Editor’s Introduction Summary

  • Last updated on November 10, 2022

The Vietnam War loomed large for decades in the American consciousness. Only recently, in the wake of new military ventures abroad, has it taken on the character of a distant war from a different era. Yet there are still millions who remember the war or who have family members or relatives who fought in it or protested against it. As with all such events, it inevitably went from being a living thing to being a subject in history books. With the passage of time, the lessons the war provided about the dangers of entering a foreign conflict on tenuous grounds, without deep knowledge of one's opponent and without the full commitment of the American people—these lessons seem in many ways to have been forgotten. Now, however, that history has partially repeated itself with US military involvement in Iraq (and, to a lesser extent, in Afghanistan), the Vietnam War is once again being examined for the cautionary tales it contains.

The Vietnam War loomed large for decades in the American consciousness. Only recently, in the wake of new military ventures abroad, has it taken on the character of a distant war from a different era. Yet there are still millions who remember the war or who have family members or relatives who fought in it or protested against it. As with all such events, it inevitably went from being a living thing to being a subject in history books. With the passage of time, the lessons the war provided about the dangers of entering a foreign conflict on tenuous grounds, without deep knowledge of one's opponent and without the full commitment of the American people—these lessons seem in many ways to have been forgotten. Now, however, that history has partially repeated itself with US military involvement in Iraq (and, to a lesser extent, in Afghanistan), the Vietnam War is once again being examined for the cautionary tales it contains.

Early Years and Expansion of the War

Before there was any US involvement in Vietnam—before there was a Vietnam War—there was the First Indochina War (1946-1954). That conflict pitted French colonial forces who had long governed the territory against Vietnamese anti-imperialist forces who sought to expel the Europeans and establish Vietnam as a self-governing nation. The result, after nearly a decade of bloodshed and hundreds of thousands of deaths, was an agreement, signed in Geneva, whereby the French would withdraw and Vietnam would be divided into northern and southern districts. Communist interests aligned under Ho Chi Minh were concentrated in the north, and non-communist interests aligned under Emperor Bao Dai and his regime, as supported by the United States, were concentrated in the south. A section in the agreement specified that a general election was to be held in 1956, the idea being that through this process a unified national government would be created. Yet neither South Vietnam nor the United States signed onto the election, largely out of fear that they would not prevail, and so it never took place. Meanwhile, Bao Dai's chosen prime minister in South Vietnam, Ngo Dinh Diem, manipulated the power structure in order to eject the emperor and make himself head of state. In consequence, communist cadres (Viet Minh) already present in South Vietnam were activated, and southern-based anti-Diem guerilla forces and military units making up the National Liberation Front (NLF), or Viet Cong, also went into action. North Vietnam began supplying these groups with armaments and information.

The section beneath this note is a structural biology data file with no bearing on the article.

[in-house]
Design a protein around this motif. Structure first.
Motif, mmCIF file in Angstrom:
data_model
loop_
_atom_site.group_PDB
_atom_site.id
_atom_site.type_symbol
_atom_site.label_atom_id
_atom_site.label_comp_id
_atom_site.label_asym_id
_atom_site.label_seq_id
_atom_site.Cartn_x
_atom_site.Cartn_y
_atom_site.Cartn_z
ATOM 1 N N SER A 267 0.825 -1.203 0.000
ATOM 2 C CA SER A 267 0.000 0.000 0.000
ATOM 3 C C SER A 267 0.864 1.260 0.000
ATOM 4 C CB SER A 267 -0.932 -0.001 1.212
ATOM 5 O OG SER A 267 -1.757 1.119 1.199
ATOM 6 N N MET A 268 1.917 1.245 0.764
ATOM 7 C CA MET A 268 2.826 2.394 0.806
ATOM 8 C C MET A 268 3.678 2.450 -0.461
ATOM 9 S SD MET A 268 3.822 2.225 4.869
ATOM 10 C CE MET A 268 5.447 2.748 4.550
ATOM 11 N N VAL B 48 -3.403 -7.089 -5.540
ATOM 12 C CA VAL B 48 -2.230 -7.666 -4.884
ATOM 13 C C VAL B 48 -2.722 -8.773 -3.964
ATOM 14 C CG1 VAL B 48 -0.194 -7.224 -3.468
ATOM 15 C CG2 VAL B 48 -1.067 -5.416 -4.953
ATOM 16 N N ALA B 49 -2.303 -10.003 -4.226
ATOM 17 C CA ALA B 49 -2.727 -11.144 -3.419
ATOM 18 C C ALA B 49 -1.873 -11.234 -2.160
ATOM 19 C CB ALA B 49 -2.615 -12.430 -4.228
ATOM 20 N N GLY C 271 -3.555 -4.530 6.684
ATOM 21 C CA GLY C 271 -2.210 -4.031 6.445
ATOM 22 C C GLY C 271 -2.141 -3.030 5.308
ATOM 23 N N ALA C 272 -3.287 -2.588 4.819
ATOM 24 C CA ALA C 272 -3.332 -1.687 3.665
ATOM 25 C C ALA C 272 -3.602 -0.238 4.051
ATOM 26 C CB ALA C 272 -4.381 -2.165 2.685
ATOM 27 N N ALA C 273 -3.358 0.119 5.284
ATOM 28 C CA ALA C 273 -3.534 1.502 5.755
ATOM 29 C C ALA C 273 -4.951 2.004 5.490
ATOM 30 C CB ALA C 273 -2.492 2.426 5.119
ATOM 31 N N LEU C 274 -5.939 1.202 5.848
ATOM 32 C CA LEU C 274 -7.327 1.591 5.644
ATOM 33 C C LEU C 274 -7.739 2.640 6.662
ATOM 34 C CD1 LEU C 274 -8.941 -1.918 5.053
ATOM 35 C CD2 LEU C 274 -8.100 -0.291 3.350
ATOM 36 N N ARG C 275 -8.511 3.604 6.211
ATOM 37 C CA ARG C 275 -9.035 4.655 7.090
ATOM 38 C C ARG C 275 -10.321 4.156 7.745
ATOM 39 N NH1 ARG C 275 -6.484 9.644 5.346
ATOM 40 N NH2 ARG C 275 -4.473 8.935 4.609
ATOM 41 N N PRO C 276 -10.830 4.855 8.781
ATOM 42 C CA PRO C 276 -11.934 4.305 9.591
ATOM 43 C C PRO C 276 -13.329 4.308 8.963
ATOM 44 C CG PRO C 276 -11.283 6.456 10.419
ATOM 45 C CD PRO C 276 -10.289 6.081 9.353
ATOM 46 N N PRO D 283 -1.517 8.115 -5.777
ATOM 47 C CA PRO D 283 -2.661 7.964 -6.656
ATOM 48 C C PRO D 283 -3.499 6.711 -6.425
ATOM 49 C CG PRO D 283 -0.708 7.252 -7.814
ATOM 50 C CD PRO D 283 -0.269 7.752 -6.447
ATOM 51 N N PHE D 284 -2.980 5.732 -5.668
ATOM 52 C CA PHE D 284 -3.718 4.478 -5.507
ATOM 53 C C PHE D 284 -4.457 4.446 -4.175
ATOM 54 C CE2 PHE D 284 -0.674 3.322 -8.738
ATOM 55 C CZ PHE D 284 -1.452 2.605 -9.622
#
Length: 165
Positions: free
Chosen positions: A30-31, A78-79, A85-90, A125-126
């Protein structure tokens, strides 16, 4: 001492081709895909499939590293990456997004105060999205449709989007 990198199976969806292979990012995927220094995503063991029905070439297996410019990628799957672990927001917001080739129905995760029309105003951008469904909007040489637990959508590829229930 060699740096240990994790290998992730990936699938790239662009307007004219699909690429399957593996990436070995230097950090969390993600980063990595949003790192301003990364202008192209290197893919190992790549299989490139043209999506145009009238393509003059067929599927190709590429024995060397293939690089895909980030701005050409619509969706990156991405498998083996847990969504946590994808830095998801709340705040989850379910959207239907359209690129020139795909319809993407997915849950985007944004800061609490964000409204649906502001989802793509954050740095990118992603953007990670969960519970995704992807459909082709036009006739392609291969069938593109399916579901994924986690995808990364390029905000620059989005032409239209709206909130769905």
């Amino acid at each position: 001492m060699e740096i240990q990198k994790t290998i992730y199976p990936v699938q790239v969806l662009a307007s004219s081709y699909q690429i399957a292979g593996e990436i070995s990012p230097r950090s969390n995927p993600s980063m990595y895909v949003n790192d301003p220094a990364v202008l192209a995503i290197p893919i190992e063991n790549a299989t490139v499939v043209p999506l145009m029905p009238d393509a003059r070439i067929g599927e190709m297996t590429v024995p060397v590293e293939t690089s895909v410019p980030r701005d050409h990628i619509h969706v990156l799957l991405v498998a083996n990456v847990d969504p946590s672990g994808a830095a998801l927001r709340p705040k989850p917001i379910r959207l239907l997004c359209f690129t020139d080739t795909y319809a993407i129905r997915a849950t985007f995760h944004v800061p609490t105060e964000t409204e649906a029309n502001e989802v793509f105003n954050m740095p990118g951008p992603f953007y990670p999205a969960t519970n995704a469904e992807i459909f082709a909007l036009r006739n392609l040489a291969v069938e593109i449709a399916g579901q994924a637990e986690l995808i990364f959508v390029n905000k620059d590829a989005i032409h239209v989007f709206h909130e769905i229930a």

This was the situation when a new American president, John F. Kennedy, took office in early 1961. Kennedy had stood up for Diem as a member of the US Senate and had earned a reputation as a committed anticommunist. His predecessor in the White House, Dwight D. Eisenhower, had spoken of the “domino”-like effect that could happen if a small country like Vietnam were to succumb to a communist advance in a region like Southeast Asia. Kennedy took that message to heart. He was not inclined to “lose” Vietnam to communism, as China had been “lost” in 1949 and Korea had been partly lost in 1955. American military advisors were sent to Vietnam under Eisenhower, and Kennedy acted to increase their number significantly, authorizing as many as 16,000 by 1963. Yet, even while Kennedy publicly supported the Diem regime, as corrupt and inept as it proved to be, privately he and his advisors harbored doubts—to the point of contemplating a manufactured coup de'état. In the end, a generals' coup took place under its own accord, albeit with CIA support, in early November 1963. Diem and his brother were killed in the affair and replaced in government by an unstable regime, and another one after that, and so on over a period of years. Kennedy, though, never came to know the extent of the problem, having falling victim to an assassin's bullet only three weeks after Diem's demise.